Approximately 50,000 yds. (15,240 m) of material were brought into the site. Additional material was screened from dirt excavated on the site. The materials brought in included bedding for the underground utilities, gravels to be used as a sub-base on the roadways and structural slabs. Thibeault used its fleet of dump trailers and tri-axles to accomplish this task.
To finish the job on time, Thibeault crews are working 10 to 12-hour days, six days a week, and a sizeable amount of Komatsu.
“Our fleet numbers in the hundreds with about 80 percent of the earthmoving equipment consisting of Komatsu machines,” said Corson. “Most of the Komatsu machines were purchased from R.C. Hazelton, New Hampshire’s Komatsu dealer located in Manchester, with additional locations in Maine.
“The 300 Series excavator from Komatsu has been one of the favorite machines among the operators on this job site,” he added. “The machine is just large enough to handle large volumes of excavation, yet compact enough to fit in tight spots, making it one of the machines of choice among operators.
“The Komatsu PC 400LC-7, which [was] purchased new this year, is a monster of an excavator perfectly suited for moving large volumes of dirt and keeping Thibeault haul trucks refilled in short order,” said Corson.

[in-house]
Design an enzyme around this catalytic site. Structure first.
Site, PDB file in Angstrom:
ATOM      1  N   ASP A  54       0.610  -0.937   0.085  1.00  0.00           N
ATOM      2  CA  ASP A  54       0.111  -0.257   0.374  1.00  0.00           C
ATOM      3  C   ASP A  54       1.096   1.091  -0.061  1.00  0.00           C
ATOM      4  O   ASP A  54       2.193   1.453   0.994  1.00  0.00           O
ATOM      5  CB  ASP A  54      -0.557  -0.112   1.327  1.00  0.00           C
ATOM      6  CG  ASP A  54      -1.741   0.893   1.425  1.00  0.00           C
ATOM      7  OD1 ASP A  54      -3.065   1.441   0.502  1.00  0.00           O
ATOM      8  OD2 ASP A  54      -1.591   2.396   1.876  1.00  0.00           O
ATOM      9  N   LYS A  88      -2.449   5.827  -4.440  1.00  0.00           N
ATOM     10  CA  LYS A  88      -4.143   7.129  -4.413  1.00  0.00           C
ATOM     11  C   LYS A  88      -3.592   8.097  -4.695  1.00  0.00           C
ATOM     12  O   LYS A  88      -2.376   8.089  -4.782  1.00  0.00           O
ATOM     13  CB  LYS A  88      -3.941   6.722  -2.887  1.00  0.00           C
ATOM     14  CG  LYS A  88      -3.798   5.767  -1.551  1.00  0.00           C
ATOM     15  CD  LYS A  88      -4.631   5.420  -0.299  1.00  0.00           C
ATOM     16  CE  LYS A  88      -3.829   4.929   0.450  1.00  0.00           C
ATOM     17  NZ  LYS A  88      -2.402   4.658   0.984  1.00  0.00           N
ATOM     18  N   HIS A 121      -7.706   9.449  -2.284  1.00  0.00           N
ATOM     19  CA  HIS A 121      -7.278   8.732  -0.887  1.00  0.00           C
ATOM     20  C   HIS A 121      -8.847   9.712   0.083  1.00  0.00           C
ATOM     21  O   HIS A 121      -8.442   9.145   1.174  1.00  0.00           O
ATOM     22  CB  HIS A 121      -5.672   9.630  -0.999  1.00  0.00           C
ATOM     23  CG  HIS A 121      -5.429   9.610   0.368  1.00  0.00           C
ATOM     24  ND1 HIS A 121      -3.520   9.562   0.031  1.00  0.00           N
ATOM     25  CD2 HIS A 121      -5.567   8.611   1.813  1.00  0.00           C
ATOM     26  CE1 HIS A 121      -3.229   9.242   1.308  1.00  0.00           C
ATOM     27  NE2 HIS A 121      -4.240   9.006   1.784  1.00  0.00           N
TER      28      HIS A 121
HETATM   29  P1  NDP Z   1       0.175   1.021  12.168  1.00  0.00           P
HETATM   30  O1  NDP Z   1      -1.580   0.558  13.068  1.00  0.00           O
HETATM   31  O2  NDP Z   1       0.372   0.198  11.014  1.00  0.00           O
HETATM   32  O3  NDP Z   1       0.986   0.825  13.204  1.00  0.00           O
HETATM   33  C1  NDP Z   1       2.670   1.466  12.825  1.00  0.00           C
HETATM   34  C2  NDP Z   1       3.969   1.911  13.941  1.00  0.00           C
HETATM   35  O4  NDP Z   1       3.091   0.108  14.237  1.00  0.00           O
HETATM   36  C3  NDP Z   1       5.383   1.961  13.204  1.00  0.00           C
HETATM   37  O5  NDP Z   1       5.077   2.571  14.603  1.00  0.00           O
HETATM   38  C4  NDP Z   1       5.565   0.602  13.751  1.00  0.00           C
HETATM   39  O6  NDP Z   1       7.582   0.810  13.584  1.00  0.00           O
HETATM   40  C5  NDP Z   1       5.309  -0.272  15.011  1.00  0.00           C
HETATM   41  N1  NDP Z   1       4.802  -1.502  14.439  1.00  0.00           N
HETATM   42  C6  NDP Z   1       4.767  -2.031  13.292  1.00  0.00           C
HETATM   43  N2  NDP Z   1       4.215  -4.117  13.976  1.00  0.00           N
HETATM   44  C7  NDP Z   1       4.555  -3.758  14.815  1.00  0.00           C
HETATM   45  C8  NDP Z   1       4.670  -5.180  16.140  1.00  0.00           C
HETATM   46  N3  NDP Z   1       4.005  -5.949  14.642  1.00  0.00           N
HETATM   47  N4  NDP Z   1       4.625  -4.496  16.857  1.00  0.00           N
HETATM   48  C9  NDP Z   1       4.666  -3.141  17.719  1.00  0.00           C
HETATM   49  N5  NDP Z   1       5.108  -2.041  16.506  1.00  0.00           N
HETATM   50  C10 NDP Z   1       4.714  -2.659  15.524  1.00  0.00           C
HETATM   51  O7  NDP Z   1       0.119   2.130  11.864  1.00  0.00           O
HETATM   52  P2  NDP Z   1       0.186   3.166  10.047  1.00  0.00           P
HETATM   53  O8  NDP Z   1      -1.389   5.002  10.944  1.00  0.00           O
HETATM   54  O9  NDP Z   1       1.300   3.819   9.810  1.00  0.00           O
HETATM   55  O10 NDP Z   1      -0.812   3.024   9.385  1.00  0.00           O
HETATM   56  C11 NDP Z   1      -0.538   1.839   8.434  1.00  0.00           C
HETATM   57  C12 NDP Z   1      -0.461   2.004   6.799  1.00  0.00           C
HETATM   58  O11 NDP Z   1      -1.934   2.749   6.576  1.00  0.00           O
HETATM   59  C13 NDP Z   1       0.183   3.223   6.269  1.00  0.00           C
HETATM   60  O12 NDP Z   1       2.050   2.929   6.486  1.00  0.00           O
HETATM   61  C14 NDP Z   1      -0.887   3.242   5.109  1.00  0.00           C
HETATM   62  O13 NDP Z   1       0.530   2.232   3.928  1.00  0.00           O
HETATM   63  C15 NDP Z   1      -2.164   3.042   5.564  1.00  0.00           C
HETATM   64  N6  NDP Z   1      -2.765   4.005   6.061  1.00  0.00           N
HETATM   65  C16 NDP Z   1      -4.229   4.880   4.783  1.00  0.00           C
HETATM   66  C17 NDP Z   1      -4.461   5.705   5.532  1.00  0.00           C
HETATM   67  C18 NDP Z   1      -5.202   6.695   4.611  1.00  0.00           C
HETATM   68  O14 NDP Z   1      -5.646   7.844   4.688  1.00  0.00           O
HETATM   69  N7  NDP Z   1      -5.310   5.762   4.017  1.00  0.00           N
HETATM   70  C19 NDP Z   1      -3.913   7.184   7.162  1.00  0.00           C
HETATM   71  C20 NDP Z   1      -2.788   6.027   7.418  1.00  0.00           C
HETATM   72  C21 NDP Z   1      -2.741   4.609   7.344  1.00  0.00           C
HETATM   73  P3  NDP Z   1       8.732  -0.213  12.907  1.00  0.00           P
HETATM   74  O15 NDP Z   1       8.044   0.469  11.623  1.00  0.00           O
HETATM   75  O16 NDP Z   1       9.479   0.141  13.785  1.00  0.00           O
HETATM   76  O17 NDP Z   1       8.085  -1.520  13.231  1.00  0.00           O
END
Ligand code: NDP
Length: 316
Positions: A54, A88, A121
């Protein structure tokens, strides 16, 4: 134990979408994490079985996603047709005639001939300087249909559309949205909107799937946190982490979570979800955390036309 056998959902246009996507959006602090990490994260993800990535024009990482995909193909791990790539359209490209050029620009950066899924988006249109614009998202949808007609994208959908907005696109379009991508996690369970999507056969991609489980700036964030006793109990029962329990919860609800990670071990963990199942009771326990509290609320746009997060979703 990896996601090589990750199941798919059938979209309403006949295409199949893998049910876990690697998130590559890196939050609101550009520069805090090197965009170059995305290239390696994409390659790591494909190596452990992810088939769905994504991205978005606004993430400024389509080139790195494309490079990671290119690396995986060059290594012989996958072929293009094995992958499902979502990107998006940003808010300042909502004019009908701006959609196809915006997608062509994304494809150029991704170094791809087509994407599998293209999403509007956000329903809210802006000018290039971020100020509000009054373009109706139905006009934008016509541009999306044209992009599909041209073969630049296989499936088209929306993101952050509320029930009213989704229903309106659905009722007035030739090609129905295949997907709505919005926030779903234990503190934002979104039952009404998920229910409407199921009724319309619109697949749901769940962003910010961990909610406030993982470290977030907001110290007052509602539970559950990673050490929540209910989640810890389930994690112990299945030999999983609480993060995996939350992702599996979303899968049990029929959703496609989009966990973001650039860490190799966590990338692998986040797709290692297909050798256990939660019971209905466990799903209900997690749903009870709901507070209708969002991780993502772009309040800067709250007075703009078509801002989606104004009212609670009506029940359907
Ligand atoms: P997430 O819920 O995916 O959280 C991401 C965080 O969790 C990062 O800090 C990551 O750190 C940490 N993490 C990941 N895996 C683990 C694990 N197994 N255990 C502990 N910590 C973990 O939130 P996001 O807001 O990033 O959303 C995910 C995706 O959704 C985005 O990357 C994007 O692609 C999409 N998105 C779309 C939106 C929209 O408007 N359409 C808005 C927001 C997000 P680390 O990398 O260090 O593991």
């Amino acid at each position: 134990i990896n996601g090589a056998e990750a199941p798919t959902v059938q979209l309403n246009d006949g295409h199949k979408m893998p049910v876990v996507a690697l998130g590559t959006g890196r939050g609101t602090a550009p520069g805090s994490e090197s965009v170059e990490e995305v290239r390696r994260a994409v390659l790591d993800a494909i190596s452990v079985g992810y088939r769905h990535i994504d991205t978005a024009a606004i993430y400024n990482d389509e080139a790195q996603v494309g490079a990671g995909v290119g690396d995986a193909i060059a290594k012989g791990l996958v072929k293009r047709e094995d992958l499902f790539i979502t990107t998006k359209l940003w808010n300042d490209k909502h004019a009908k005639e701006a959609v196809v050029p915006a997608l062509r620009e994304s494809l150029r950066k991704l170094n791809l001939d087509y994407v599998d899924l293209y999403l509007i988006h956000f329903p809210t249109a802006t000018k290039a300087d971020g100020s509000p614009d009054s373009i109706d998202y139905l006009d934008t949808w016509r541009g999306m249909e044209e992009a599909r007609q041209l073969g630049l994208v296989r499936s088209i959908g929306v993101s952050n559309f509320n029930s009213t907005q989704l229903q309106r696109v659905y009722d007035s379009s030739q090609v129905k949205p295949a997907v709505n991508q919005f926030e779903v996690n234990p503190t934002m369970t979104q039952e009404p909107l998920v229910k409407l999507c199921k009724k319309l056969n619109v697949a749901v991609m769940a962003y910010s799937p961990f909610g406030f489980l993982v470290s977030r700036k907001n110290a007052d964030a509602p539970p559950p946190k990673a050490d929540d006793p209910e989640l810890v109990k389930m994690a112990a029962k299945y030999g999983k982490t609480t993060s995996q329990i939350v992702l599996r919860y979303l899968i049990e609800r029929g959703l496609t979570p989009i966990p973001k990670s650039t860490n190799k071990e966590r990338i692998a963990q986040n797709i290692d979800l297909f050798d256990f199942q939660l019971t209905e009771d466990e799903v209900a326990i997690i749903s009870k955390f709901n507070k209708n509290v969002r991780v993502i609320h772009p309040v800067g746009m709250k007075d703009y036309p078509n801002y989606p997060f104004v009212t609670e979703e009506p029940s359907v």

According to Corson, the slab that was poured into the Lowe’s building was one of the largest slab preparation Thibeault has ever done.
“One of the keys in this project has been our Komatsu GB750A motorgrader, which is very well adapted to this type of work,” said Corson. “It is the perfect size for maneuvering within the structure and is easy for our crews to operate.
“Within the interior of the Lowe’s building, there are hundreds of support pillars coming down through the ground, which makes maneuvering room very tight,” he said. “The Komatsu grader has been up to the task.
“In general, we are very happy with our Komatsu equipment,” said Corson. “The machines have shown great reliability, offer operator comfort and they are user friendly. Over the last decade, we have seen dramatic improvements in the Komatsu products, which have led to it being our brand of choice.”
Along the backside of the job site, a turtle fence had to be erected. The fabric and mesh wire fence is only temporary during construction, but a permanent 600-ft. (182.9 m) long, 4-ft. (1.2 m) high chain link fence with slats will be installed upon project completion.
This fence is designed to keep a rare spotted turtle safe from the hazards of the construction environment and to prevent the animal from wandering into the commercial area in the future.
The turtle has a habitat in the Amherst area, near the Lowe’s site.
About Thibeault Corporation of NE
Ernie Thibeault founded Thibeault Corporation more than 20 years ago with one dump truck, one trailer and one excavator.
Currently, the company has approximately more than 200 employees, working primarily in New Hampshire. Some work also is done in Maine and Massachusetts. CEG